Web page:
Take your sequences align them with BWA. Take an index stat, count how many reads align on one strand versus the other: flagstat and indxstats can do that. Now reverse complement the references and do the same. But note, don't just select another dataset that you "think" should be the reverse complement. Reverse complement the actual data you have used in the previous step. Now rerun the alignments then flagstat and indxstats this will summarize some of the differences. Now turn both files into BED files and visualize them. I think you'll find that both are the same.
@istvan - I did this with no change, as expected.
There aren't two datasets, there is one dataset which is in a fastg file so it contains the forward and reverse complement sequence of every node.
I create a fasta file by dumping half of these. In one case I keep only the forward sense nodes, in the other case I use the first direction, forward or reverse complement (think of this as randomly selected which to keep). The stats that you suggested to look at are slightly different for each. When I take the reverse complement myself instead of reading it from the fastg file, the results are of course the same as when I read the reverse complements from the file.
Any more suggestions as to why bwa works differently on the all forward vs the some forward some reverse nodes?
I did this with no change, as expected.
I did this with no change, as expected.
So if you did this it means that bwa does actually work as expected.
We keep talking about "differences" but in this entire thread, you have never actually shown a difference. File size is NOT a difference. Why don't you list some actual differences?
Please also only differences with MAPQ > 0.
I don't know how to find the differences - that is what I asked. Using flagstat as you suggested I get:
3214312 + 0 in total (QC-passed reads + QC-failed reads) \\ 3214312 + 0 in total (QC-passed reads + QC-failed reads)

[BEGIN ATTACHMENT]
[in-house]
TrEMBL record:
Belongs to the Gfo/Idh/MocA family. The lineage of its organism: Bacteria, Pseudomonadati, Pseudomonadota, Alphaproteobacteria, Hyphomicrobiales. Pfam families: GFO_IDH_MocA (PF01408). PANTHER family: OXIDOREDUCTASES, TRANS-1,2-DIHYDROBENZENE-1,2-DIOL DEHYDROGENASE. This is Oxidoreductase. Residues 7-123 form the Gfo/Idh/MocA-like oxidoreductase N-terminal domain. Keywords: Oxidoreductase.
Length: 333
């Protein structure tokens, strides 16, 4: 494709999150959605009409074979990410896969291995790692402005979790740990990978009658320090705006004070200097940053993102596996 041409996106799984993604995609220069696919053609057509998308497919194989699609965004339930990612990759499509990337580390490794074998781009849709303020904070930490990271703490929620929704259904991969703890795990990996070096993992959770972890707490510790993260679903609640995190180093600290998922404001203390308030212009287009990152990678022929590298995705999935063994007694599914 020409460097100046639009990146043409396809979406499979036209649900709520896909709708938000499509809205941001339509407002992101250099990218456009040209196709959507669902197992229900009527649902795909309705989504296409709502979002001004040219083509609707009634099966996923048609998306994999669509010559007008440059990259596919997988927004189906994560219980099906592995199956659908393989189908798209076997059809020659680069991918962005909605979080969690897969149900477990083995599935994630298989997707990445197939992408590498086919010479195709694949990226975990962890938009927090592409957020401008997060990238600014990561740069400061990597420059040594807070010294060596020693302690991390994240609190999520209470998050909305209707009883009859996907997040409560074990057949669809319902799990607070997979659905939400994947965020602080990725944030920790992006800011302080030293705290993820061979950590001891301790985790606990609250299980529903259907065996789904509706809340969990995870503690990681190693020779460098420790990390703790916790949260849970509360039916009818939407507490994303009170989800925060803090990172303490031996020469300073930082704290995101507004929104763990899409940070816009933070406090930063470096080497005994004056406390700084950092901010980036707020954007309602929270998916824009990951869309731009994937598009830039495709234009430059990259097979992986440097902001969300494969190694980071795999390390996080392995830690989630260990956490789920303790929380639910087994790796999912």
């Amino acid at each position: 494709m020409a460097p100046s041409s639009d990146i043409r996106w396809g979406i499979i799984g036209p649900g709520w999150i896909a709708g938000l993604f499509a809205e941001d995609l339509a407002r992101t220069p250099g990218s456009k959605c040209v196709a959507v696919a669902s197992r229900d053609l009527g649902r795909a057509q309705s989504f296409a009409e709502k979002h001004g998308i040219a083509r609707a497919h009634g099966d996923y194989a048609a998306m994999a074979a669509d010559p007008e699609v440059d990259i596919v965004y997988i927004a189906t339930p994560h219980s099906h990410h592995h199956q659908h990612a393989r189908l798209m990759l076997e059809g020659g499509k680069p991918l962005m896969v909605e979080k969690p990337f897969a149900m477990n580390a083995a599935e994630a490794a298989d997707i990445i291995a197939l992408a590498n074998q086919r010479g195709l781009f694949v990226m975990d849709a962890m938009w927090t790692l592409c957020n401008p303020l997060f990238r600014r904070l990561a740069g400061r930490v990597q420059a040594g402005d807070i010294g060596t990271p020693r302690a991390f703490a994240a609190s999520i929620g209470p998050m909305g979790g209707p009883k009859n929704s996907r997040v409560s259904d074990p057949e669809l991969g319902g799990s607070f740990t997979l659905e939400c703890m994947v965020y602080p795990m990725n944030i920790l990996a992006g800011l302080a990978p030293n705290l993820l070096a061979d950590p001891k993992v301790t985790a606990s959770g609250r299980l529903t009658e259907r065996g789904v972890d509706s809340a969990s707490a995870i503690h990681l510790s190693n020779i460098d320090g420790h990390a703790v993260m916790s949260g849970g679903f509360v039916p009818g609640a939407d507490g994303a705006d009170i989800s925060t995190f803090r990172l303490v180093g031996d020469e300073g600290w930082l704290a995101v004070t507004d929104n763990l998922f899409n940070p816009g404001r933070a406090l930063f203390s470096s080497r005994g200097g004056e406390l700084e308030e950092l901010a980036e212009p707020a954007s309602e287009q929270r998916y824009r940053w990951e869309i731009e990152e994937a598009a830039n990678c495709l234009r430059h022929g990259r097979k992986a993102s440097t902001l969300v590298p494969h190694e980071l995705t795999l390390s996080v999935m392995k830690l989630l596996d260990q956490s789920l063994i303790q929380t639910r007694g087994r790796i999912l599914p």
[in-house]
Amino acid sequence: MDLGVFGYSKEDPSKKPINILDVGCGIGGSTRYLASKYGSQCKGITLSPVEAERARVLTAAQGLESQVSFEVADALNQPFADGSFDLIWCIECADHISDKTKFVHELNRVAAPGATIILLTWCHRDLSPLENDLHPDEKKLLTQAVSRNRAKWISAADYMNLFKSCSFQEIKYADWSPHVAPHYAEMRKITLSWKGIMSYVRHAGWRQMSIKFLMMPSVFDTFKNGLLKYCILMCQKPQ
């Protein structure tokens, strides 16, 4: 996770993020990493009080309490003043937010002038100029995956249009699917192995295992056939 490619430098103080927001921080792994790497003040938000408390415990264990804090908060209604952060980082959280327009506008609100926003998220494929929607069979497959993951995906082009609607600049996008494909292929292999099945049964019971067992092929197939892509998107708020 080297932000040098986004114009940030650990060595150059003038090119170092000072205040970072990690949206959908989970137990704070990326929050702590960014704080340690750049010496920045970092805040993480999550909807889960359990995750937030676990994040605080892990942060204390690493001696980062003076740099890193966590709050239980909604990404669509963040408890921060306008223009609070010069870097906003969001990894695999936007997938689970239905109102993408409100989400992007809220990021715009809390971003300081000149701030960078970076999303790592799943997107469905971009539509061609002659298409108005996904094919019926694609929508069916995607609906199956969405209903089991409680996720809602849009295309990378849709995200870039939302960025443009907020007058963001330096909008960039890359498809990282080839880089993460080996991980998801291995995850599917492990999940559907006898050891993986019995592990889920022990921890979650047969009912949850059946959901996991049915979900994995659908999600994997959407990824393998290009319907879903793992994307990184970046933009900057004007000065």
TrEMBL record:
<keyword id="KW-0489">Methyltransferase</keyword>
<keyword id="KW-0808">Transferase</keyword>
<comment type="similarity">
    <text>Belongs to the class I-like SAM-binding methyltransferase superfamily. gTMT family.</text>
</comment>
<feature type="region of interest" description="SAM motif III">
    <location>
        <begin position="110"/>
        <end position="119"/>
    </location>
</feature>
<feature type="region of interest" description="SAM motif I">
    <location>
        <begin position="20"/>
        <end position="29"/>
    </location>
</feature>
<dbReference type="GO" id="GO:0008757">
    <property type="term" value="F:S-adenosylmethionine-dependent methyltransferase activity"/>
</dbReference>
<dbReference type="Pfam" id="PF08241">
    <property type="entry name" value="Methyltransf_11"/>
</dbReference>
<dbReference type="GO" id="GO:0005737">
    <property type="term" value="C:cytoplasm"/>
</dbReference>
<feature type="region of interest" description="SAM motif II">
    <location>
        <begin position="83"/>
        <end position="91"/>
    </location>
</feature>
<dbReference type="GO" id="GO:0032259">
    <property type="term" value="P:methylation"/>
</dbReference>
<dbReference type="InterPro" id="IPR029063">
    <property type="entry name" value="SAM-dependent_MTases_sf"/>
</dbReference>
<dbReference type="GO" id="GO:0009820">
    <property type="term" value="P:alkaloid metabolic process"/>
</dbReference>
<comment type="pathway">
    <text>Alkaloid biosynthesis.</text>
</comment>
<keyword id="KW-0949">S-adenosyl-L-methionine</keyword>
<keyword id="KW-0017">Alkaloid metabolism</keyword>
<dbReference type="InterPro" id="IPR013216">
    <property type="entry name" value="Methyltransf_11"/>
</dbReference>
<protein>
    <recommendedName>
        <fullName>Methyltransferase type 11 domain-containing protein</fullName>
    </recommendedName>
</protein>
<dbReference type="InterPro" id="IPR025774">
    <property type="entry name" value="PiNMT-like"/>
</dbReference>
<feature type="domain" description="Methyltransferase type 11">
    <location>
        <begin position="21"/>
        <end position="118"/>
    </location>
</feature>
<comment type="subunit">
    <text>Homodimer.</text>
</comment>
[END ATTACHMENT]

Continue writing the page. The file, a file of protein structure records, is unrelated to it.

3183485 + 0 mapped (99.04%:-nan%) \\ 3183473 + 0 mapped (99.04%:-nan%)
3214312 + 0 paired in sequencing \\ 3214312 + 0 paired in sequencing
2979678 + 0 properly paired (92.70%:-nan%) \\ 2978322 + 0 properly paired (92.66%:-nan%)
3169922 + 0 with itself and mate mapped \\ 3169906 + 0 with itself and mate mapped
13563 + 0 singletons (0.42%:-nan%) \\ 13567 + 0 singletons (0.42%:-nan%)
113930 + 0 with mate mapped to a different chr \\ 113804 + 0 with mate mapped to a different chr
107779 + 0 with mate mapped to a different chr (mapQ>=5) \\ 107765 + 0 with mate mapped to a different chr (mapQ>=5)
idxstats shows there are many edges with small differences in the number of mapped and unmapped. For example:
EDGE_1811_length_385_cov_18.5182 385 221 5 \\ EDGE_1811_length_385_cov_18.5182 385 216 5
Why these differences exist is a mystery to me since the sequences are the same, except in some cases one reference contains the reverse complement of the other. Is that how BWA is expected to work?
short read aligners are not "optimal" aligners, they are not guaranteed to find neither the best nor all alignments, though in general make very few mistakes. These mistakes are usually for alignments that are not perfect to begin with and could be false positives or false negatives.
For example, in this case, the number of mapped reads differ by 12 alignments out of over 3 million so that makes it about .0004 percent!
I would not lose much sleep over that. I would not quantify that as different beyond expected.
Thanks. Ineresting that even the small number of differences makes a difference when looking for paths in the graph formed by contigs and the paired-end reads connecting them. I guess the 1300 or so differences in the paired reads makes the difference. Wish I knew why there's a difference depending on the sense of the reference sequences, I thought it was reasonable to assume the aligner would be completely agnostic to this.